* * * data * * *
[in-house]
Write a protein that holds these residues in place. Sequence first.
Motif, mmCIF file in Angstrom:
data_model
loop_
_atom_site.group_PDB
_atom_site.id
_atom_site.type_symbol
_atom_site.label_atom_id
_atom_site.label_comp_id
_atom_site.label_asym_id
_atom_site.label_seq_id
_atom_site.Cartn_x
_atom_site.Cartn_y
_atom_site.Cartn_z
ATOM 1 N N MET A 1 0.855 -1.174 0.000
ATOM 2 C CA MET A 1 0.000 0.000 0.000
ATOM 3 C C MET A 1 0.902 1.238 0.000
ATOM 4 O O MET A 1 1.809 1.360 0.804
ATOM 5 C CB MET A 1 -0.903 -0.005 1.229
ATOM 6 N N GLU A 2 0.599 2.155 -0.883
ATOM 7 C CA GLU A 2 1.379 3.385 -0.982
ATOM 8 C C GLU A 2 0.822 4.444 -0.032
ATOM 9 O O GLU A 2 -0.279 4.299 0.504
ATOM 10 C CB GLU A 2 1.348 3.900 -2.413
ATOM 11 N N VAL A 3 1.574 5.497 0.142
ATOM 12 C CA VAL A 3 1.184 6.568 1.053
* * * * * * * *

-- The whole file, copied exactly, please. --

[in-house]
Write a protein that holds these residues in place. Sequence first.
Motif, mmCIF file in Angstrom:
data_model
loop_
_atom_site.group_PDB
_atom_site.id
_atom_site.type_symbol
_atom_site.label_atom_id
_atom_site.label_comp_id
_atom_site.label_asym_id
_atom_site.label_seq_id
_atom_site.Cartn_x
_atom_site.Cartn_y
_atom_site.Cartn_z
ATOM 1 N N MET A 1 0.855 -1.174 0.000
ATOM 2 C CA MET A 1 0.000 0.000 0.000
ATOM 3 C C MET A 1 0.902 1.238 0.000
ATOM 4 O O MET A 1 1.809 1.360 0.804
ATOM 5 C CB MET A 1 -0.903 -0.005 1.229
ATOM 6 N N GLU A 2 0.599 2.155 -0.883
ATOM 7 C CA GLU A 2 1.379 3.385 -0.982
ATOM 8 C C GLU A 2 0.822 4.444 -0.032
ATOM 9 O O GLU A 2 -0.279 4.299 0.504
ATOM 10 C CB GLU A 2 1.348 3.900 -2.413
ATOM 11 N N VAL A 3 1.574 5.497 0.142
ATOM 12 C CA VAL A 3 1.184 6.568 1.053